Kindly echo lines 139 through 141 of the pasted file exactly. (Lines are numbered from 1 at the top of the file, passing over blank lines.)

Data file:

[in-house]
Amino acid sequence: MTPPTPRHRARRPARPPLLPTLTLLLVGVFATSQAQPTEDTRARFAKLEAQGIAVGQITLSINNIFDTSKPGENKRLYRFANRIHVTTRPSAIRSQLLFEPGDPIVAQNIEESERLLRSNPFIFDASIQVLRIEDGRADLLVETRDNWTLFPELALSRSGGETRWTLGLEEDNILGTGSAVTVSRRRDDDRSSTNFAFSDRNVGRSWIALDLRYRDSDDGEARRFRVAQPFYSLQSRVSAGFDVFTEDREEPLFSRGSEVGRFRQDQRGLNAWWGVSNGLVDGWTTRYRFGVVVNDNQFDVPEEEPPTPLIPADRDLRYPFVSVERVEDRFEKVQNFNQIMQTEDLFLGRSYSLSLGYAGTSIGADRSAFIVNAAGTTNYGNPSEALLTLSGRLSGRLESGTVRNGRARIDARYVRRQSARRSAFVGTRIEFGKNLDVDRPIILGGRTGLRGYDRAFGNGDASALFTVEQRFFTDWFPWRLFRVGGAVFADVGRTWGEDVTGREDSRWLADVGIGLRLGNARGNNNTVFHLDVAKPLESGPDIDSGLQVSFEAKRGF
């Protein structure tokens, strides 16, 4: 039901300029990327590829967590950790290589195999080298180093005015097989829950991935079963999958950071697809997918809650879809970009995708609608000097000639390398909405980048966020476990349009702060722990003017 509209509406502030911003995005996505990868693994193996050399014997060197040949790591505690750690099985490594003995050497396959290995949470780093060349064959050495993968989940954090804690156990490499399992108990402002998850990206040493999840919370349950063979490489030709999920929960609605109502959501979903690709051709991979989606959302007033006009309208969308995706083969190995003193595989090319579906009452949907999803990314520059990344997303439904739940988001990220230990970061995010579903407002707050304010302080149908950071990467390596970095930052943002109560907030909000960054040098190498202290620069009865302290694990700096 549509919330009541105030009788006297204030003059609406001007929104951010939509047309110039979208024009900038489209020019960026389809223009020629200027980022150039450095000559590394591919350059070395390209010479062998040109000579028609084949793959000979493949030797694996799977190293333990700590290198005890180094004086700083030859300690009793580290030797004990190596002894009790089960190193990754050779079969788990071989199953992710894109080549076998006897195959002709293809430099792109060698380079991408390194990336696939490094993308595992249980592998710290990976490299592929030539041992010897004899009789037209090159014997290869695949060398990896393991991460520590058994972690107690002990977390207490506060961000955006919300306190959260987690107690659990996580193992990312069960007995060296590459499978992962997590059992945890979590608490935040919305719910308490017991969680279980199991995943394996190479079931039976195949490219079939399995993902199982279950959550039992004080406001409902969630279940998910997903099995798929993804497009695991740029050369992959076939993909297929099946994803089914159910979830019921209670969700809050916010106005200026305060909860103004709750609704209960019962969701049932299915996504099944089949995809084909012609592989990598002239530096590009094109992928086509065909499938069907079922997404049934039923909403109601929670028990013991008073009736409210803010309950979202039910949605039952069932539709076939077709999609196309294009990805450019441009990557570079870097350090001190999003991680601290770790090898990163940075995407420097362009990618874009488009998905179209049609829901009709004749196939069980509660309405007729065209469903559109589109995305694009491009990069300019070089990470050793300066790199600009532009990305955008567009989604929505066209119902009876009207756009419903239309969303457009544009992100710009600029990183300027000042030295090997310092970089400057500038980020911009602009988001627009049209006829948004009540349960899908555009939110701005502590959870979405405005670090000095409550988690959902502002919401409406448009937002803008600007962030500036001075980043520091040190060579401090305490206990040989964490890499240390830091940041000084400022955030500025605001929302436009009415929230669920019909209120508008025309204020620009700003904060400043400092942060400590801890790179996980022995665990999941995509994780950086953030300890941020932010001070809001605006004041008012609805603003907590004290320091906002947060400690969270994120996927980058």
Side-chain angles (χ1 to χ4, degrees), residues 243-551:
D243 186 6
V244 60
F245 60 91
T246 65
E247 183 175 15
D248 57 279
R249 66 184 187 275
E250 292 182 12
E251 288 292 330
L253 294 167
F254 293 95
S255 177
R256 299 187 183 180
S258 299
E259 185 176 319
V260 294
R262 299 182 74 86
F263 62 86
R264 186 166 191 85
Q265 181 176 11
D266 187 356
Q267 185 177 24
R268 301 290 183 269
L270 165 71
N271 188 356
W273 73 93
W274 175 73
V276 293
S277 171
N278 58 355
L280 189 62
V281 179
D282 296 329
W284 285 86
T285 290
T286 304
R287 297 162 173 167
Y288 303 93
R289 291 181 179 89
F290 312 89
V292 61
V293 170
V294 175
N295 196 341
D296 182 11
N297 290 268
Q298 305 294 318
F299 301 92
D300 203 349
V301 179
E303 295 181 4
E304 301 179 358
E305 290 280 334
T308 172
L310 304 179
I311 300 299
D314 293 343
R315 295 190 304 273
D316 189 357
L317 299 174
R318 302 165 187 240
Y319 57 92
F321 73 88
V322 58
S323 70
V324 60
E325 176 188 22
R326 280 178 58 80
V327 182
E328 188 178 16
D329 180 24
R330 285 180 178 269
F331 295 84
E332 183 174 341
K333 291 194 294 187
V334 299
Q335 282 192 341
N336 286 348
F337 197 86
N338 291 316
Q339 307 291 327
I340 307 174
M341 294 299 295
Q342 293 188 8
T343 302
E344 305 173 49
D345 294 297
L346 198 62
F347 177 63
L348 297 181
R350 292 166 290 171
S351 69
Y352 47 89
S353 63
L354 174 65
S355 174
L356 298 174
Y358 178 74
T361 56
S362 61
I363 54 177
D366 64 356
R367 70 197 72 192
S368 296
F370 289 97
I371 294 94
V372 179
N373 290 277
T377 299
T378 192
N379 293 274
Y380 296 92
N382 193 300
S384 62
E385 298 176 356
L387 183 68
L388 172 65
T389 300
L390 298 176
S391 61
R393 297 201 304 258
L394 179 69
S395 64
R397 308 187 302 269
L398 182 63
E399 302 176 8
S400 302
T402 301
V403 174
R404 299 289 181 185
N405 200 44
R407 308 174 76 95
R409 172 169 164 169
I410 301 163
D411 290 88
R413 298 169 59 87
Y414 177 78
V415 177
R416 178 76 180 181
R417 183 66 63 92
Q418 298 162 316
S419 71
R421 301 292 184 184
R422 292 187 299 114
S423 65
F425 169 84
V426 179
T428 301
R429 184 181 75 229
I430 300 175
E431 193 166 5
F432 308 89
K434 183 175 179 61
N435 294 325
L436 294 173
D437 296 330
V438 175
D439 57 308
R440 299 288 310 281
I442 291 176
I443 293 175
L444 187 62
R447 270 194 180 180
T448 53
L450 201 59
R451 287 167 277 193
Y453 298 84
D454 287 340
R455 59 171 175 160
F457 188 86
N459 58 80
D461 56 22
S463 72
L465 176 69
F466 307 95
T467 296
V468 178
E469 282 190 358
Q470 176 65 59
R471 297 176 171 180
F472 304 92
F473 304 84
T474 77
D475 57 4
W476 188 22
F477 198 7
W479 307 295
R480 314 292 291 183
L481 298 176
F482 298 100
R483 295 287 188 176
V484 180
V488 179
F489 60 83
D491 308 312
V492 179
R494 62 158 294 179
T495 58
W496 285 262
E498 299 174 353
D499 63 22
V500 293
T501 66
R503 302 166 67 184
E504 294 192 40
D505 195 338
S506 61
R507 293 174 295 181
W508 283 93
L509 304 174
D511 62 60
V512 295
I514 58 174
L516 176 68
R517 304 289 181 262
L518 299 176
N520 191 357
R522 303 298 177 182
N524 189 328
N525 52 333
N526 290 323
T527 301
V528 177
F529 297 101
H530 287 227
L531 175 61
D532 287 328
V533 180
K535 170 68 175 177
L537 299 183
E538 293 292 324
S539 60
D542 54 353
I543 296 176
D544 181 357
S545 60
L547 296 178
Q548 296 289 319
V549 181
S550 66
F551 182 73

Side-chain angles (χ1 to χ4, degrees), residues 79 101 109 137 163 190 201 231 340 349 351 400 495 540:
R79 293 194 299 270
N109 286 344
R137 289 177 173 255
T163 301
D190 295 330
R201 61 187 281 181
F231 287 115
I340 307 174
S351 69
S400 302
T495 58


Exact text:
D411 290 88
R413 298 169 59 87
Y414 177 78